Dollar sells off on risk-on market mood

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9 July 2018

thomasdodds

Markets worldwide decided to take a more sanguine view of the threat of a trade war among major trading partners.

S
tocks rose worldwide, yet US yields retreated slightly. The combination of lower US yields and increased risk appetite fueled a rally by every major currency against the US Dollar. The best performing currency, by far, was the Mexican Peso, up over 6% as markets put in a ‘sell the rumour, buy the news’ reaction to the sweeping electoral victory of the Mexican left-wing party in last Sunday’s election.

All eyes are on the June inflation report out of the US on Thursday. The lower than expected wage increase from the June payroll report means that the chances of a ‘miss vs. meet’ expectations have probably increased. The release of the minutes from the last ECB Council meeting, also on Thursday, will be the other pivotal event of the week.

Major currencies in detail

GBP

Positive news from the PMI surveys of business activity and an upbeat message from Carney were both overlooked by the markets, which continue to focus on the lack of progress in Brexit talks. The resignation of British Brexit secretary, David Davis, was initially perceived as a disadvantage for the Pound, adding uncertainty to the negotiations, however, market sentiment has since recovered, seeing the departure as strengthening May’s position. Sterling moved almost tick by tick with the Euro against the US Dollar, managing a gain of almost 1% for the week.

This week will be a busy one for Sterling. Industrial production and manufacturing out on Tuesday could support the Pound if they confirm the strong streak in UK economic data.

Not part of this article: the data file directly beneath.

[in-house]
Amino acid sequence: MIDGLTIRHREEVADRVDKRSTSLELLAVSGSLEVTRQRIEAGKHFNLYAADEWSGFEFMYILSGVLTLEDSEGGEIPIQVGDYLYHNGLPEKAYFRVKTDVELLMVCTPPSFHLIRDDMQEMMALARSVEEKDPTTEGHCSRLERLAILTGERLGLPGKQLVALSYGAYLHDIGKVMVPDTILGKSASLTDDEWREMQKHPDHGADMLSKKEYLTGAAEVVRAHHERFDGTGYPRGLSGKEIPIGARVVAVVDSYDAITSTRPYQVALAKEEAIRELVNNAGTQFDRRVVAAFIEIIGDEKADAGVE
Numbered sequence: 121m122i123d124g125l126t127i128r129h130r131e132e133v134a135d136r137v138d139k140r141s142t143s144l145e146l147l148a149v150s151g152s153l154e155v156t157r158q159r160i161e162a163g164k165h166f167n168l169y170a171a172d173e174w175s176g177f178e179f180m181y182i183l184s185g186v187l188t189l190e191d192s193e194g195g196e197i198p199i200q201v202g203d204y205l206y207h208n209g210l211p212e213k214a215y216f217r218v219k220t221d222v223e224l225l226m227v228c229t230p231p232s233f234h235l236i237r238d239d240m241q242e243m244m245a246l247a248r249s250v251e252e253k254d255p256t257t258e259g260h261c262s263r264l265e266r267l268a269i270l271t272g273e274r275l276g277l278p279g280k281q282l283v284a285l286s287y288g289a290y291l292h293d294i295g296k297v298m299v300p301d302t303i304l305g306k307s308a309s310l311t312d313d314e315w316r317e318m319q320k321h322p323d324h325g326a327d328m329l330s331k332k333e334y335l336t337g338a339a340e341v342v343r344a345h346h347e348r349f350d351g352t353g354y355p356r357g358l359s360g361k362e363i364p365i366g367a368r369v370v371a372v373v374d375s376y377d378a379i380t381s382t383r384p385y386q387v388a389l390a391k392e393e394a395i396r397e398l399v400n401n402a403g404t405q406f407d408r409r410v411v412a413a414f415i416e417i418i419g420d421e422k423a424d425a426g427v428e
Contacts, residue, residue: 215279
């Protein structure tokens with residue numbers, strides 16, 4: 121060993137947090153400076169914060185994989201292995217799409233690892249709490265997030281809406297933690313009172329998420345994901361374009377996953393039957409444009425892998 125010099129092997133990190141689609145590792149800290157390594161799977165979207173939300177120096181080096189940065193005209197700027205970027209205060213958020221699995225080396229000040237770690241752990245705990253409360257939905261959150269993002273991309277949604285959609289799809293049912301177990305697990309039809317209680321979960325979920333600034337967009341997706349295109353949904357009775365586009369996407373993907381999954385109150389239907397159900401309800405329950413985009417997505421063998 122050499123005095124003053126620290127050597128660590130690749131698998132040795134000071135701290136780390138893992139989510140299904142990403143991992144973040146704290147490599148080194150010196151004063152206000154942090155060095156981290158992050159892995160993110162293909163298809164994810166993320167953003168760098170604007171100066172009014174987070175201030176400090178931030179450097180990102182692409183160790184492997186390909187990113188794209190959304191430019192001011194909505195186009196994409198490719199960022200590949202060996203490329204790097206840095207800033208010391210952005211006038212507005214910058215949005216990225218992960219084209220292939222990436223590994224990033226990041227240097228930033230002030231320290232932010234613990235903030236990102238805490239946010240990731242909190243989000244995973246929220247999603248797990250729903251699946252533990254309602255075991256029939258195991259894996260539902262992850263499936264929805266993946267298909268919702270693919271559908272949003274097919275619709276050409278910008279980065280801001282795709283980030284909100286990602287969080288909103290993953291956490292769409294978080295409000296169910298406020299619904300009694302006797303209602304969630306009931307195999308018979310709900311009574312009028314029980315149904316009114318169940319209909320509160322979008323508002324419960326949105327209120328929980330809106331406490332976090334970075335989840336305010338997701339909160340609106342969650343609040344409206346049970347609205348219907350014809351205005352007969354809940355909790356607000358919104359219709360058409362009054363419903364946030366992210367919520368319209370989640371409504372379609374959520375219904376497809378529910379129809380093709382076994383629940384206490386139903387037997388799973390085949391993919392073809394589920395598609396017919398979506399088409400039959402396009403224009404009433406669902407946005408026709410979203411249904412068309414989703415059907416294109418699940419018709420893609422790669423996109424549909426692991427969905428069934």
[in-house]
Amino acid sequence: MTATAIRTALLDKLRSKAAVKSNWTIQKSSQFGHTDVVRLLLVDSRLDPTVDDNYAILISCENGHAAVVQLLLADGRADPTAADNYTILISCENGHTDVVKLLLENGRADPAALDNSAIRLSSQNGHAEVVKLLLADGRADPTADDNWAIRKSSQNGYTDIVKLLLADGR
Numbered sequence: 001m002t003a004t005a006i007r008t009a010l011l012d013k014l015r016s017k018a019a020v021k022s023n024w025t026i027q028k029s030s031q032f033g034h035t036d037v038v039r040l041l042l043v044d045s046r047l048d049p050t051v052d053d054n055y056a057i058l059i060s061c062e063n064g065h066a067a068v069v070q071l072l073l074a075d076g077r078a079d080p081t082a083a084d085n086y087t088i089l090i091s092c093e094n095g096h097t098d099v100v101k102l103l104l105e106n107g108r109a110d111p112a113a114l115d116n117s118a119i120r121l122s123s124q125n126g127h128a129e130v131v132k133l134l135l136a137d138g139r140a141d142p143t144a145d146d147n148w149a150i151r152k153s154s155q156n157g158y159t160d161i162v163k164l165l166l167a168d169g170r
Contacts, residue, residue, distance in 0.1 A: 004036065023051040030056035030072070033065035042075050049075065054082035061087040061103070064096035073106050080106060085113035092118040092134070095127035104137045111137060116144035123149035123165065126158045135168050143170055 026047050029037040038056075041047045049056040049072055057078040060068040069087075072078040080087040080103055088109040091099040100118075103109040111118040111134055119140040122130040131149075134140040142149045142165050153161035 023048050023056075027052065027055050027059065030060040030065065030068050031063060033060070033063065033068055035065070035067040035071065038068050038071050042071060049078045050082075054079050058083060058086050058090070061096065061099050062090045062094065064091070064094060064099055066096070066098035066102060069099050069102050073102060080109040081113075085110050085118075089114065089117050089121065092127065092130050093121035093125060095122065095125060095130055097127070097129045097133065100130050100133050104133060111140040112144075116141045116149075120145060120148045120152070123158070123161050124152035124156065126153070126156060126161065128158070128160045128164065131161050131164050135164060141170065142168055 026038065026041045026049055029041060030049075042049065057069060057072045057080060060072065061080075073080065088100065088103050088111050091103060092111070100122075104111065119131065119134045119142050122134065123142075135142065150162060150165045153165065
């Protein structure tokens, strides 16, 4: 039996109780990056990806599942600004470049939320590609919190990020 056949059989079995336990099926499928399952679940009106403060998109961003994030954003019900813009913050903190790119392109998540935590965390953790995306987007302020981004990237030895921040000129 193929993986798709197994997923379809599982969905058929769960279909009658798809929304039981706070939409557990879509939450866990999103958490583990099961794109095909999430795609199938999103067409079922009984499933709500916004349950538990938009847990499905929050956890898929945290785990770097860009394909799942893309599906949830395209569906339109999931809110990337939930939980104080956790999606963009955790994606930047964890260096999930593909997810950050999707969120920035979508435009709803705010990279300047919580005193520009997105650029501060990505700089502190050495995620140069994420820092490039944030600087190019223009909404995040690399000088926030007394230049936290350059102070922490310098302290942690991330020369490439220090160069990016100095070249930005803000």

EUR

A slow week in the Eurozone still saw significant positive surprises in German factory orders and industrial production. The data points provide further confirmation that the slowdown in Eurozone activity before the summer was a blip, rather than a change in trend. ECB minutes, out Thursday, will shed some clarity on the Council expected timeline for hikes. Markets expect a first hike in September 2019, however, we are beginning to think it may come earlier.

USD

The payroll report for June was mixed. The headline job creation number was stronger-than-expected at 213,000 versus 195,000 consensus. It’s worth adding that May’s reading was also revised upwards. Unemployment, however, posted a surprise increase, rising from 3.8% in May to 4.0% in June – but this was mainly driven by the reentry of hopeful workers into the workforce, looking for a position. Wage growth decelerated from 0.3% to 0.2% on a monthly basis, but rose by 2.7% YoY, which is now slightly below inflation for the first time in many years. After this miss, another disappointment in June inflation in CPI data, which will be released on Thursday, could lead markets to revise their view of future Fed hikes and add fuel to the recent Dollar selloff.